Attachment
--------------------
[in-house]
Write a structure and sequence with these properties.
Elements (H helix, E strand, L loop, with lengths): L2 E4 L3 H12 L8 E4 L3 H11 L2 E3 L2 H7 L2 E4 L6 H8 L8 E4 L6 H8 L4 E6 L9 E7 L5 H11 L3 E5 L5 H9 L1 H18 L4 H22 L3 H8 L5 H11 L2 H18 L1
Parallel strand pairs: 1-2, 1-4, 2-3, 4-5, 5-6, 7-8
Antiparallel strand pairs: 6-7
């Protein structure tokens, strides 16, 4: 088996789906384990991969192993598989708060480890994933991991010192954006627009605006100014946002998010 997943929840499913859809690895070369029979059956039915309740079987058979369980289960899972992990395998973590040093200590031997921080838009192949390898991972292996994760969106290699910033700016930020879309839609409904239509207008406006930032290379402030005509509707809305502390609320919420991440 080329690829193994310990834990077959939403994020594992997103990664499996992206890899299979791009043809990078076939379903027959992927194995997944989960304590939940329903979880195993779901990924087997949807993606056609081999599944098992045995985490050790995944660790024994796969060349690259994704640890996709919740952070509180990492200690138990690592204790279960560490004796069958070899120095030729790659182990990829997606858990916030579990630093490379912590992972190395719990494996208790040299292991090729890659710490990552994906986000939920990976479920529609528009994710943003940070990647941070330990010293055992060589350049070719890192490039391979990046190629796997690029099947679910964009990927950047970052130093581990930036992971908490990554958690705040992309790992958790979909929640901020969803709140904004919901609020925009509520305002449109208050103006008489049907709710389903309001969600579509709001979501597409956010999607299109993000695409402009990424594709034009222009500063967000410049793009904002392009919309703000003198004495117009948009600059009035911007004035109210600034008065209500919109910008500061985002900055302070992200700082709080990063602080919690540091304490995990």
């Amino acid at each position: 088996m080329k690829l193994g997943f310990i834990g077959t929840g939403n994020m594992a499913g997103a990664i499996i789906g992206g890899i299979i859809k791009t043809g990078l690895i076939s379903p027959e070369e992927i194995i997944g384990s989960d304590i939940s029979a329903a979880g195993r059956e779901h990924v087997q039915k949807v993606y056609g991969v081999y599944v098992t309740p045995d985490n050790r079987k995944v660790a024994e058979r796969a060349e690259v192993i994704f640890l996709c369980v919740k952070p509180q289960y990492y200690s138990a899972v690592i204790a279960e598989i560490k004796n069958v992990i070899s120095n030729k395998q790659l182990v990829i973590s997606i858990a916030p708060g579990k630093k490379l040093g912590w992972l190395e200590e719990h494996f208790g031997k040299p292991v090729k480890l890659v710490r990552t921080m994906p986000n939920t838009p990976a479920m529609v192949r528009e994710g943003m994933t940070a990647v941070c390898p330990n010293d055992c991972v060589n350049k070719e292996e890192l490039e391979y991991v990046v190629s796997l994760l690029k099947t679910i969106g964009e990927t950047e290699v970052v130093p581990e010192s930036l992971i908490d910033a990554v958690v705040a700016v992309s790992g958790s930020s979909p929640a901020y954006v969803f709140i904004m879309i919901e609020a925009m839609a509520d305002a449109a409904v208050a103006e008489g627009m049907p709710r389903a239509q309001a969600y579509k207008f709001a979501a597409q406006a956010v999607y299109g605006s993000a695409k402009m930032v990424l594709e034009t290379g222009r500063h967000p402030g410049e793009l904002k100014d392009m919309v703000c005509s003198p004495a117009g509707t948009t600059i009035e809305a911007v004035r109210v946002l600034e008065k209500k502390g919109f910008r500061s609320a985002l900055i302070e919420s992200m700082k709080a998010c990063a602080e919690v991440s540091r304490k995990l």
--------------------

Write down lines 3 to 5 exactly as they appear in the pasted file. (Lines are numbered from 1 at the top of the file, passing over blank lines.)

Elements (H helix, E strand, L loop, with lengths): L2 E4 L3 H12 L8 E4 L3 H11 L2 E3 L2 H7 L2 E4 L6 H8 L8 E4 L6 H8 L4 E6 L9 E7 L5 H11 L3 E5 L5 H9 L1 H18 L4 H22 L3 H8 L5 H11 L2 H18 L1
Parallel strand pairs: 1-2, 1-4, 2-3, 4-5, 5-6, 7-8
Antiparallel strand pairs: 6-7